Email: weisse@gkss.de

Abstract

The sensitivity of an atmospheric high-resolution limited area model to a sea state–dependent roughness is examined. Two sets of Monte Carlo experiments are compared. In the first set the sea state was explicitly accounted for in the computation of the sea surface roughness. In the second set the roughness was parameterized by the standard Charnock relation. On climatic timescales of months and longer, the differences between the two sets are small. On the daily timescale large deviations between individual realizations of the two ensembles in the order of several hectopascals are occasionally found suggesting a considerable impact of the sea state–dependent roughness on the atmospheric circulation. It is shown, however, that the comparison of individual realizations, a frequently used approach in regional sensitivity studies, can be misleading. It is found here that the largest differences between the two ensembles occurred simultaneously with high inherent model variability. In these situations an eventually existing impact of the sea state–dependent roughness on the atmospheric circulation could therefore not be discriminated from the background variability and the null hypothesis that both ensembles stem from the same population could not be rejected at given risk. At times at which the internal model variability was small a statistically significant impact of the sea state–dependent roughness on the atmospheric circulation was found. However, the impact was small and it is concluded that compared with the sea state–dependent parameterization used in this study the Charnock relation represents a reasonable parameterization in regional atmospheric climate models.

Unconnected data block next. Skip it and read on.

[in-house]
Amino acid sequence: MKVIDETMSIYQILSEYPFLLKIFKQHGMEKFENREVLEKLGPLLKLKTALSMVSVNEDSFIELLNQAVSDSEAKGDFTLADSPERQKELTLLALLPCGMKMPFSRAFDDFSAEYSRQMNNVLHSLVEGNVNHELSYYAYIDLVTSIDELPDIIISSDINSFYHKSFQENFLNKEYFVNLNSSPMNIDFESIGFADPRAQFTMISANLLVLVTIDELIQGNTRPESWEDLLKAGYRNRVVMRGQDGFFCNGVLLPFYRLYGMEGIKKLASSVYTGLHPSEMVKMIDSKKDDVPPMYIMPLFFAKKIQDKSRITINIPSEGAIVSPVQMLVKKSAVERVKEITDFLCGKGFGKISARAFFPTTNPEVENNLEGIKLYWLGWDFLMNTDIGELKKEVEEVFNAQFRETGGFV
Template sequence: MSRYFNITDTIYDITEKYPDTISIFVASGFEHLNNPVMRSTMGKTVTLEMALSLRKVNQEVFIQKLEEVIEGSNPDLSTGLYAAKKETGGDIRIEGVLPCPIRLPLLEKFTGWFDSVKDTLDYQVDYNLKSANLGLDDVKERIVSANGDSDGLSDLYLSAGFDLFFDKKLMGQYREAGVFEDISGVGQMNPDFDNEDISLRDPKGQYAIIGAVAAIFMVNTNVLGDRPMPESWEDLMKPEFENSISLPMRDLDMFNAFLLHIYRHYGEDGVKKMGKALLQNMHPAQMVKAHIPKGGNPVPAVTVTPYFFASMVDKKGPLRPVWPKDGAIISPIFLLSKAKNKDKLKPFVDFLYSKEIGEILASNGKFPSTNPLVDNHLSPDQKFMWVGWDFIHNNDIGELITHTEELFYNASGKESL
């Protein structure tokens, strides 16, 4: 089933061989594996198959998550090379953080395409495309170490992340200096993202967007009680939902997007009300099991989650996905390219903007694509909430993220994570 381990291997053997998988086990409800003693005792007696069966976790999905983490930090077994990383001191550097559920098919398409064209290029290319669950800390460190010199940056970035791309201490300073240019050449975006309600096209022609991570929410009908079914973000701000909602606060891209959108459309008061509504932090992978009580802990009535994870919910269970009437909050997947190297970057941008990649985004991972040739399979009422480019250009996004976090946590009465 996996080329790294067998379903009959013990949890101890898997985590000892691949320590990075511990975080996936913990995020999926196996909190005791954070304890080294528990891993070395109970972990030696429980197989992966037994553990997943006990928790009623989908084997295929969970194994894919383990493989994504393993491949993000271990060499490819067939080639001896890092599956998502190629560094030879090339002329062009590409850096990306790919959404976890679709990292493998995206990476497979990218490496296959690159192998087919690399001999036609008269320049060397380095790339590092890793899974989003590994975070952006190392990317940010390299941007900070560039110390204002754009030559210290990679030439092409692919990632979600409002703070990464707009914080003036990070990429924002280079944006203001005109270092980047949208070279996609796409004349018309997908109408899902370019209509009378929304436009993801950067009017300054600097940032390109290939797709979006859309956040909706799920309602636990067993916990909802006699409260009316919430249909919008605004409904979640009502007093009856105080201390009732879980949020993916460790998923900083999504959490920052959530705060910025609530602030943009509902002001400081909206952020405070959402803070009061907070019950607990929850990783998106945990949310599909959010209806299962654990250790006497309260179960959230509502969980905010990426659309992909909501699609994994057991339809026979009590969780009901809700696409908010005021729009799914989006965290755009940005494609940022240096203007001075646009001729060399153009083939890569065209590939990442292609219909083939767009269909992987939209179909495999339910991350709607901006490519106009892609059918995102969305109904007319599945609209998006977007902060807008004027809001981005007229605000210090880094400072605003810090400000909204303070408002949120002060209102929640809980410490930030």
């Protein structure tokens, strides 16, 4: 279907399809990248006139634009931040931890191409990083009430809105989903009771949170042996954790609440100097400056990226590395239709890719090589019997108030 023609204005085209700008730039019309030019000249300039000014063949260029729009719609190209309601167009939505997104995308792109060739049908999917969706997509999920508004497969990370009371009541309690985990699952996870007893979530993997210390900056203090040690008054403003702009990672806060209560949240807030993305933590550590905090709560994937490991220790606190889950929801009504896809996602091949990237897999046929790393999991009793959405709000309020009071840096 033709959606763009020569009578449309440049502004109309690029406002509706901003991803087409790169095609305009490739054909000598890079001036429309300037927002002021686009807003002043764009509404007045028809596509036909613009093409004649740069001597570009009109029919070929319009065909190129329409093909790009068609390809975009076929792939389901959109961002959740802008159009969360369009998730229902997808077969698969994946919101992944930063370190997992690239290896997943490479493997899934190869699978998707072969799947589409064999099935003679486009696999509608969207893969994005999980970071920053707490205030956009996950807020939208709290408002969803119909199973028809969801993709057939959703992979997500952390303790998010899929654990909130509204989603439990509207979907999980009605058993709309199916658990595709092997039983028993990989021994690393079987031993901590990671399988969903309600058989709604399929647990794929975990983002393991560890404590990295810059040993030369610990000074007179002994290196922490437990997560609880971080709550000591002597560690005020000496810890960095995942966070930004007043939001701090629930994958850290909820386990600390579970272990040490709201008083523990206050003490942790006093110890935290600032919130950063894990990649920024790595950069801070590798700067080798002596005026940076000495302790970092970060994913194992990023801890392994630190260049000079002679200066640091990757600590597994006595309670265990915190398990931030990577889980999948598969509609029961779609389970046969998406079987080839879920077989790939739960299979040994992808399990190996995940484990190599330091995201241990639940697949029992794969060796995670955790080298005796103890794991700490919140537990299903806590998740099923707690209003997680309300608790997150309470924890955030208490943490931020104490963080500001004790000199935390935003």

Corresponding author address: Ralf Weisse, GKSS-Forschungszentrum Geesthacht, Institut für Gewässerphysik, Max-Planck-Strasse 1, D-21502 Geesthacht, Germany.

Email: weisse@gkss.de

Save